It seemed like Mitford’s investigation would never see the light of day, until Bill Abrahams at The Atlantic said that Robert Manning had a change of heart: he had cancelled The Atlantic’s advertising contract with The Famous Writers School and wanted to run the story. True to his word, Manning published it as the cover story in the July 1970 edition, under the title Let Us Now Appraise Famous Writers.
The article is a classic piece of investigative journalism, a complete dissection of how the scam worked as well as a delicate filleting of the famous faces profiting from this misery.
But even the most optimistic reporter couldn’t have predicted what happened next.
In her wonderful book Poison Penmanship: The Gentle Art of Muckraking, Mitford explains that she had written articles on controversial topics for The Atlantic before, but even a piece like her coverage of The Dr. Spock Trial or the secret medical tests being conducted on Californian prisoners only generated “six to ten letters a piece” from readers.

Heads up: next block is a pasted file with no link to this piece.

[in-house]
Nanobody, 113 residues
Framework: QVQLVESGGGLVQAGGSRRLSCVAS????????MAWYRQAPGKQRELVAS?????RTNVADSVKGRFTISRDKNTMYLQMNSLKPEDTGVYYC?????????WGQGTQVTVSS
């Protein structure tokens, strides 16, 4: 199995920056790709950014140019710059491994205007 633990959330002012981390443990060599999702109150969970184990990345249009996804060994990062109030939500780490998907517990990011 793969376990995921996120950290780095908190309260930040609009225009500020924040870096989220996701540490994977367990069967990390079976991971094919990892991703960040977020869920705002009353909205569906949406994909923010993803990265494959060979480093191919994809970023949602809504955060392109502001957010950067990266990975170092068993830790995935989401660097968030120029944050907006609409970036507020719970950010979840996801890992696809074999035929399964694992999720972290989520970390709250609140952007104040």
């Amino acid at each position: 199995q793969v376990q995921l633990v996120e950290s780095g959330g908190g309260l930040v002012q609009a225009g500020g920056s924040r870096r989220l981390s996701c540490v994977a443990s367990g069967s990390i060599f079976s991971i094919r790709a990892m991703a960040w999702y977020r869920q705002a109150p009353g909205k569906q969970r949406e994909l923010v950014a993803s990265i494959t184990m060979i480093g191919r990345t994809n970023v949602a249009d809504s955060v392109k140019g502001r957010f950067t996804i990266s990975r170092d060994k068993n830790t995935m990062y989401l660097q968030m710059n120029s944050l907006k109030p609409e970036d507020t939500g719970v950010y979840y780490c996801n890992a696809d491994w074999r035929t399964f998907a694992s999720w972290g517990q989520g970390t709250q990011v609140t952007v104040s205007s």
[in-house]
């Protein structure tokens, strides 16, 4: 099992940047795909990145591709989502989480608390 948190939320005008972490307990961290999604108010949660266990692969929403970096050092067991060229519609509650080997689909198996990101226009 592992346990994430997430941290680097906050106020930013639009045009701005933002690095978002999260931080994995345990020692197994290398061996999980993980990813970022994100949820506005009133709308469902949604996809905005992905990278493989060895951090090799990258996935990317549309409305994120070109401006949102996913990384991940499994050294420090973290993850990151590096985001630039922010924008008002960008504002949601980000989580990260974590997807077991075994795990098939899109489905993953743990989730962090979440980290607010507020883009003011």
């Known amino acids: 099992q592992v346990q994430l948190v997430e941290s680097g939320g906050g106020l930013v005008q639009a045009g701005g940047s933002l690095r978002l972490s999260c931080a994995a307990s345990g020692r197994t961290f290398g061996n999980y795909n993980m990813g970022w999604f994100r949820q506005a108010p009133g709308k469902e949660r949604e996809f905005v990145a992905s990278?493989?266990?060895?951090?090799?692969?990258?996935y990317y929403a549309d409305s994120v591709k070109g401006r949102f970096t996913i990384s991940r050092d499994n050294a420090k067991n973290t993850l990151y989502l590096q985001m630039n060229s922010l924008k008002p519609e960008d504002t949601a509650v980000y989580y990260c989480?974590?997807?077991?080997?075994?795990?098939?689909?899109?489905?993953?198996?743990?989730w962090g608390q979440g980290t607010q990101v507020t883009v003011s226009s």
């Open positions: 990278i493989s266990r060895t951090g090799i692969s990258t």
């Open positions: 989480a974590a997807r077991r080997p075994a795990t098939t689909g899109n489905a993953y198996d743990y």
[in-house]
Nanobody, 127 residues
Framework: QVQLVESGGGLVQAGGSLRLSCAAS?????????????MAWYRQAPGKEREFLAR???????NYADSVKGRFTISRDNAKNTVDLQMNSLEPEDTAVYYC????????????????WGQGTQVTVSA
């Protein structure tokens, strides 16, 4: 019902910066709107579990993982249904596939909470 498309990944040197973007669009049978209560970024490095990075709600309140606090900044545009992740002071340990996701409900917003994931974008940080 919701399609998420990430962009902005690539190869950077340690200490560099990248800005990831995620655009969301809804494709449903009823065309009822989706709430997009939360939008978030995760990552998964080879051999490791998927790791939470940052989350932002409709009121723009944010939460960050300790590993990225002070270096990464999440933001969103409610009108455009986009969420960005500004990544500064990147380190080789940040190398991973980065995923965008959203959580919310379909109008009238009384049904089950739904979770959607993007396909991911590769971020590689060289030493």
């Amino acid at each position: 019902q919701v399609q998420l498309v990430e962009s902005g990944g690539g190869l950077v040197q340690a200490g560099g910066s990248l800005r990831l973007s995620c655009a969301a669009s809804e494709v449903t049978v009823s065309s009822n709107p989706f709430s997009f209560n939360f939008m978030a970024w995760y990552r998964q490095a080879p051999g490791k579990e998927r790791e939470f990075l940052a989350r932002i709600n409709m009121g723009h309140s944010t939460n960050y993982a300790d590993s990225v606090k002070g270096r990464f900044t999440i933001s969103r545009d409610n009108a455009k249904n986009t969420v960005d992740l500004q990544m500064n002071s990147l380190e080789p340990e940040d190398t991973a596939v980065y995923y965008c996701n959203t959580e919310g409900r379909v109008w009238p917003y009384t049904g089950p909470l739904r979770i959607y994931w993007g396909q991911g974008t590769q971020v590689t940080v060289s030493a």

Even before the July 1970 issue hit newsstands, The Atlantic had received an unprecedented fifty letters from subscribers who were privy to early copies of the magazine. After the issue went on sale, a further three hundred readers wrote in to share their experiences with The Famous Writers School.
Mitford had touched a nerve. Robert Manning told her that this issue had the largest newsstand sale of any in the The Atlantic’s history. Her article was subsequently picked up by the Des Moines Register and the Washington Post, and Mitford herself was invited onto The Dick Cavett Show to talk about the famous names involved with this scam.